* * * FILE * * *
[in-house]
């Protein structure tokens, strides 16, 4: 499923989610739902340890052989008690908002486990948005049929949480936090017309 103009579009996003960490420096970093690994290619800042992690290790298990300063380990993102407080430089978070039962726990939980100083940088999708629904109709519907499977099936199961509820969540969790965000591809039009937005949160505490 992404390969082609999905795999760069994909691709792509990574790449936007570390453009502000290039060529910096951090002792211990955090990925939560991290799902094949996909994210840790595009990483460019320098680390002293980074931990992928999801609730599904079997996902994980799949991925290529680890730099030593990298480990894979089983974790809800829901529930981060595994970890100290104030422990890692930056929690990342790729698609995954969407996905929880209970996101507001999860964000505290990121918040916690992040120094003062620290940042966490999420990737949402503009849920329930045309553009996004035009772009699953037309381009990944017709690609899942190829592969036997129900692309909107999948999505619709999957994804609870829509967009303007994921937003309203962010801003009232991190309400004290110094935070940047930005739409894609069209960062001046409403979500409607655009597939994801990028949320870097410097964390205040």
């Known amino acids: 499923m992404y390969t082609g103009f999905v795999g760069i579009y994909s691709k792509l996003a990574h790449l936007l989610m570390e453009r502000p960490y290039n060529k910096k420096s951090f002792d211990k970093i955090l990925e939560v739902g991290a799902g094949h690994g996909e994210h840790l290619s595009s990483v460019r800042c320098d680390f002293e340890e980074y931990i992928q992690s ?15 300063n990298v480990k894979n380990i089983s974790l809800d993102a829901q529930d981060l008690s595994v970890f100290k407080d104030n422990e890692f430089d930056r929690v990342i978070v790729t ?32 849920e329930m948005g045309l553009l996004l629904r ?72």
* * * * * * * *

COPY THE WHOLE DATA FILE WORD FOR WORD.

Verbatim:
[in-house]
């Protein structure tokens, strides 16, 4: 499923989610739902340890052989008690908002486990948005049929949480936090017309 103009579009996003960490420096970093690994290619800042992690290790298990300063380990993102407080430089978070039962726990939980100083940088999708629904109709519907499977099936199961509820969540969790965000591809039009937005949160505490 992404390969082609999905795999760069994909691709792509990574790449936007570390453009502000290039060529910096951090002792211990955090990925939560991290799902094949996909994210840790595009990483460019320098680390002293980074931990992928999801609730599904079997996902994980799949991925290529680890730099030593990298480990894979089983974790809800829901529930981060595994970890100290104030422990890692930056929690990342790729698609995954969407996905929880209970996101507001999860964000505290990121918040916690992040120094003062620290940042966490999420990737949402503009849920329930045309553009996004035009772009699953037309381009990944017709690609899942190829592969036997129900692309909107999948999505619709999957994804609870829509967009303007994921937003309203962010801003009232991190309400004290110094935070940047930005739409894609069209960062001046409403979500409607655009597939994801990028949320870097410097964390205040």
């Known amino acids: 499923m992404y390969t082609g103009f999905v795999g760069i579009y994909s691709k792509l996003a990574h790449l936007l989610m570390e453009r502000p960490y290039n060529k910096k420096s951090f002792d211990k970093i955090l990925e939560v739902g991290a799902g094949h690994g996909e994210h840790l290619s595009s990483v460019r800042c320098d680390f002293e340890e980074y931990i992928q992690s ?15 300063n990298v480990k894979n380990i089983s974790l809800d993102a829901q529930d981060l008690s595994v970890f100290k407080d104030n422990e890692f430089d930056r929690v990342i978070v790729t ?32 849920e329930m948005g045309l553009l996004l629904r ?72």